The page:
The Central Otago Rail Trail (Photo: Tourism Central Otago/James Jubb)

Clyde survived: How domestic tourism saved my hometown

This time last year, Central Otago correspondent George Driver was wondering how his tiny, tourism-dependent town would survive the pandemic. Thanks to New Zealand tourists, it didn’t just survive, it boomed.

A year ago, Dylan Rushbrook, the head of Tourism Central Otago, made a difficult presentation to the council. The industry was in a state of collapse. 

“We were forecasting a 40 to 60% drop in visitors and operators were saying they weren’t getting any bookings at all,” Rushbrook says. “It was looking grim.”

As the country emerged from lockdown, I too wondered how my hometown of Clyde could survive. No international tourists, rising unemployment, a record government deficit. You could almost hear the belts tightening around the country. 

Businesses in Clyde, who had lost the busiest time of year to lockdown, were stoic in the face of excruciating uncertainty. “We’ll open our doors and see what happens,” one said. It was looking like a long winter. 

What followed was remarkable.

The country came to Clyde.

“When people were told to keep their distance from others, coming to Central Otago in winter seemed like a good option,” Rushbrook says. 

Clyde (Photo: Tourism NZ)

The town’s main street soon became reduced to one lane as it was almost permanently lined with cars of visiting New Zealanders. The housing market ploughed on – a relocated villa on a 600m2 section on the main street sold for $1.3m (for weeks there was a persistent and erroneous rumour that Mike Hosking had bought it and was moving to town). A film crew intermittently closed the town centre to film a new TV mini-series. A developer announced plans for a $200m retirement village on the outskirts of town. Thousands of boozed young people flooded in (where did they come from?) for the Wine and Food Festival which, despite gale force winds, was the busiest in years.

Clyde had survived.

A year on from his bleak speech, Rushbrook says the visitor spend in Central Otago is looking completely unaffected by Covid-19.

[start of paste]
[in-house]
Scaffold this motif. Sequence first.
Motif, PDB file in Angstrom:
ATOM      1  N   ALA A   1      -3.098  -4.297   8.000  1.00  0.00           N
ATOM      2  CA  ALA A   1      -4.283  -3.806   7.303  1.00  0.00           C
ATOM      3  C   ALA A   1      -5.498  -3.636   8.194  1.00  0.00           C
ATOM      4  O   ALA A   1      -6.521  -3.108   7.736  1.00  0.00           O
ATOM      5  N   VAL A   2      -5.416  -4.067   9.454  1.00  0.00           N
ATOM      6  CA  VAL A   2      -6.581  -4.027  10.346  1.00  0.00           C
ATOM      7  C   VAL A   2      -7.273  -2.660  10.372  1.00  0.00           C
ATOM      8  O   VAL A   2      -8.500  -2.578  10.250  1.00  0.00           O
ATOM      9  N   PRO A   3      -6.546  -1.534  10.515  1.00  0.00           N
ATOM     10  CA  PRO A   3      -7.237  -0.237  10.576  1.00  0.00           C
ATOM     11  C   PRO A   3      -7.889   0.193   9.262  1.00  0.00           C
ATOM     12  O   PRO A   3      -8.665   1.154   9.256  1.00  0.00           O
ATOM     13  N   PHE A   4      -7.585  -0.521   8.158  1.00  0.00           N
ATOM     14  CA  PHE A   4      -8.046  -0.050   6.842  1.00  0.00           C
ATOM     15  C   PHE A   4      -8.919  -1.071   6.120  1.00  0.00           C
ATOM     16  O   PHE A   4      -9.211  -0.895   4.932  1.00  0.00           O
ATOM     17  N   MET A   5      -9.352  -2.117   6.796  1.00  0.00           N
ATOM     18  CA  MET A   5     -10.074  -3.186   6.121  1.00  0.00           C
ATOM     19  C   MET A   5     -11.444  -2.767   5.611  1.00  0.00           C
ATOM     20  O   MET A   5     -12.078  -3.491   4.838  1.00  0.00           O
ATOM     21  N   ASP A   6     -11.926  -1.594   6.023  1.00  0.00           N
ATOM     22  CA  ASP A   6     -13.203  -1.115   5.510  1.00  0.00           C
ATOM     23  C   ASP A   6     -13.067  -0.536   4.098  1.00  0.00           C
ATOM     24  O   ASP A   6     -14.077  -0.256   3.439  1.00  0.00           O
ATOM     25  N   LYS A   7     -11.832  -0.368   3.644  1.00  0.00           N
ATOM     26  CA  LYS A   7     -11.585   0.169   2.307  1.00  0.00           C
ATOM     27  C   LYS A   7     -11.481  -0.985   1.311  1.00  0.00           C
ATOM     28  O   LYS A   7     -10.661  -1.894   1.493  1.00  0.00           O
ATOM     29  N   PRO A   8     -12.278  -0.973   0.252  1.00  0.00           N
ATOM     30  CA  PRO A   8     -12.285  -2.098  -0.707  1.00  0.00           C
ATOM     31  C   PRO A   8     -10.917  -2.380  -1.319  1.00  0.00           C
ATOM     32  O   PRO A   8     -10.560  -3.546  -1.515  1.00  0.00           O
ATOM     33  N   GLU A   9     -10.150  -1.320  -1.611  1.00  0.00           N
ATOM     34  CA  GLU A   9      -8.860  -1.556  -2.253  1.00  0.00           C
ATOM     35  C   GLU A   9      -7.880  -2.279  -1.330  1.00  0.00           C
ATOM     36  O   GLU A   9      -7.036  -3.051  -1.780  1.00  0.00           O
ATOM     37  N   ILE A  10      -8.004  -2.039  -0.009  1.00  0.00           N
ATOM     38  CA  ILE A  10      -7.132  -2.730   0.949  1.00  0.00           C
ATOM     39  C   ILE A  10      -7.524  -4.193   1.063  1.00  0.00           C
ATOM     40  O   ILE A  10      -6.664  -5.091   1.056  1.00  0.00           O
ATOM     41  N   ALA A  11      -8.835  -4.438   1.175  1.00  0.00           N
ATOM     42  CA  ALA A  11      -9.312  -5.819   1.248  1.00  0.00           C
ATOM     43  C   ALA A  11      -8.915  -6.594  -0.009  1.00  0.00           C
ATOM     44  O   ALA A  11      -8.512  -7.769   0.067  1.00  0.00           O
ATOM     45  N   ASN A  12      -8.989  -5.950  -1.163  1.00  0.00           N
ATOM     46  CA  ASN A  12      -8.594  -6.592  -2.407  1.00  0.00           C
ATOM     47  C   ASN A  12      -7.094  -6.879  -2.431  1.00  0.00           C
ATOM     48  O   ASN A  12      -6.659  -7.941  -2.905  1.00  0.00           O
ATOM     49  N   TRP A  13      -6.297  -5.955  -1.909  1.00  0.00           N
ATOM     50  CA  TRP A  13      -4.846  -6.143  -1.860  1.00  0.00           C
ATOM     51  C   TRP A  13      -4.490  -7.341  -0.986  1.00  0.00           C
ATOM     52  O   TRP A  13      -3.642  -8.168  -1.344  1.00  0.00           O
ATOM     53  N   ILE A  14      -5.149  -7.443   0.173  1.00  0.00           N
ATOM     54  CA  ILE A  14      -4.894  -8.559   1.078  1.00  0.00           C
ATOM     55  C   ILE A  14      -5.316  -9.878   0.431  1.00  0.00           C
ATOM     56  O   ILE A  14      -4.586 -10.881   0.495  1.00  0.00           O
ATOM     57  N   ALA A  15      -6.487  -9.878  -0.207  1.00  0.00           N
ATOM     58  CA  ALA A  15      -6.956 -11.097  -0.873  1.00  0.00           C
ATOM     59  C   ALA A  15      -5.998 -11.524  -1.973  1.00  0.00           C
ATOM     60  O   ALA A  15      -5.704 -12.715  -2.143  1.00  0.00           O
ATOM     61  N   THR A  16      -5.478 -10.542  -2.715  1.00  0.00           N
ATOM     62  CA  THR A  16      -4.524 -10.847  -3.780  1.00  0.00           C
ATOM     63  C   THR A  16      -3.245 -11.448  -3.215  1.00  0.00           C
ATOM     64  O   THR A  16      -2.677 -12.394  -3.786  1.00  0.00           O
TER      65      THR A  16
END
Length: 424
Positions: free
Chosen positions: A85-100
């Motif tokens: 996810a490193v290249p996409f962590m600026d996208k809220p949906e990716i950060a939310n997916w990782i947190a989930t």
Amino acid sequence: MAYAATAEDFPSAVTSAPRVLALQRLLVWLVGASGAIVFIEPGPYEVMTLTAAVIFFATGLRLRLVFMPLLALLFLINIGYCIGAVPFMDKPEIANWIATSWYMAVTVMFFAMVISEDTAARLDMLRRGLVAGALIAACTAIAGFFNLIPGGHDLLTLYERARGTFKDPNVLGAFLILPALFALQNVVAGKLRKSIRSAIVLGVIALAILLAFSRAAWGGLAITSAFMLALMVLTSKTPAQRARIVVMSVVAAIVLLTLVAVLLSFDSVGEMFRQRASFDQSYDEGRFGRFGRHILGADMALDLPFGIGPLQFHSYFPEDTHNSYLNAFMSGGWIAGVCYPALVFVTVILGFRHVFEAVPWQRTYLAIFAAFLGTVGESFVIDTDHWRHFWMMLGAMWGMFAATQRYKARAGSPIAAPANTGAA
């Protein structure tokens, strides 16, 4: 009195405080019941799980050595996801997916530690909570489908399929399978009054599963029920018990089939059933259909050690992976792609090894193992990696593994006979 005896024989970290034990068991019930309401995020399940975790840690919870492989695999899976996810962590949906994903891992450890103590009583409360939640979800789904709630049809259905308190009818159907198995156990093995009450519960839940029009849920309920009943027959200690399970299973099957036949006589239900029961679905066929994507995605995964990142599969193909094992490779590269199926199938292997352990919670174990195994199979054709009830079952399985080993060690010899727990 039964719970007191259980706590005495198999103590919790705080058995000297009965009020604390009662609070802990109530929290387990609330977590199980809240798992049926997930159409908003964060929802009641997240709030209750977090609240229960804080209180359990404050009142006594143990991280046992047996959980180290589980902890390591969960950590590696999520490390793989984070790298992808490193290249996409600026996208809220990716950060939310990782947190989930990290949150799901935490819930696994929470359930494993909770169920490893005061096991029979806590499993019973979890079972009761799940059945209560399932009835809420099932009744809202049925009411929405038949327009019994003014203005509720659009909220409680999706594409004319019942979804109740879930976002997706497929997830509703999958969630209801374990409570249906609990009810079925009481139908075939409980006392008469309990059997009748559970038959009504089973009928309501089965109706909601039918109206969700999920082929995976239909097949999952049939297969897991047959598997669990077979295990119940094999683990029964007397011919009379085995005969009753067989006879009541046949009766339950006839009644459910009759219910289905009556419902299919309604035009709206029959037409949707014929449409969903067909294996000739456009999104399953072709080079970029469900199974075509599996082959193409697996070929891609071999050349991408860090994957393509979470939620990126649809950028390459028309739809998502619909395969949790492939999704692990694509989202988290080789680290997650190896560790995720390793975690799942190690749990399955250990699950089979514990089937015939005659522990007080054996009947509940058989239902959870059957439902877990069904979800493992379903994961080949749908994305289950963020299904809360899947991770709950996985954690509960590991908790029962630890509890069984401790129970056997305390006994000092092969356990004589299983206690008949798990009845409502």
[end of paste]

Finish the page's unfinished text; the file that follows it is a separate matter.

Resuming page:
“Considering international travellers were 25% of our visitors, it’s remarkable,” Rushbrook says. 

Much of this success was driven by the Otago Central Rail Trail. DOC figures show the numbers on the trail were up 67% on last summer, the second highest growth rate of any monitored track in the country and by far the highest for a multi-day trip. This in a year when numbers on the country’s rockstar walks plummeted – the Tongariro Alpine Crossing and Franz Josef were both down 72%.

It’s also been a boon for businesses on the rail trail, who are reporting a record season.

“The last two months have been phenomenal,” says Colleen Hurd, owner of Ophir’s Pitches Store, a short bike ride off the rail trail. 

“It’s just been extraordinary. Thank you New Zealand!”

Despite the borders being closed, Pitches Store, in Ophir, has had its busiest season ever (Photo: Tourism Central Otago/James Jubb)

Set in a 140-year-old general store and butchery, Ophir’s Pitches Store is run by Hurd and her husband David. The couple moved to Ophir from Auckland in 2006 and restored the schist buildings, turning them into accommodation and a restaurant which opened in 2012.

A year ago, the business had just lost six weeks of the busiest time of year to lockdown and was braced for what might come next.

“We just didn’t know what was going to happen. Are people going to come out? How long will this last?”

But within weeks things had turned around – it had so many inquiries it opened during winter for the first time.

“People wanted to come for the weekend. They wanted to get away,” Hurd says.

“Then it went gangbusters. By mid-October we were getting far more bookings than normal and it just continued. It’s been our busiest season ever – it’s 50% up on last year and last year was one of our busiest years.”

When the frosts begin tourists usually desert the trail, but this year the bookings continue.

“We’re looking like we’ll be booked out for all of May.”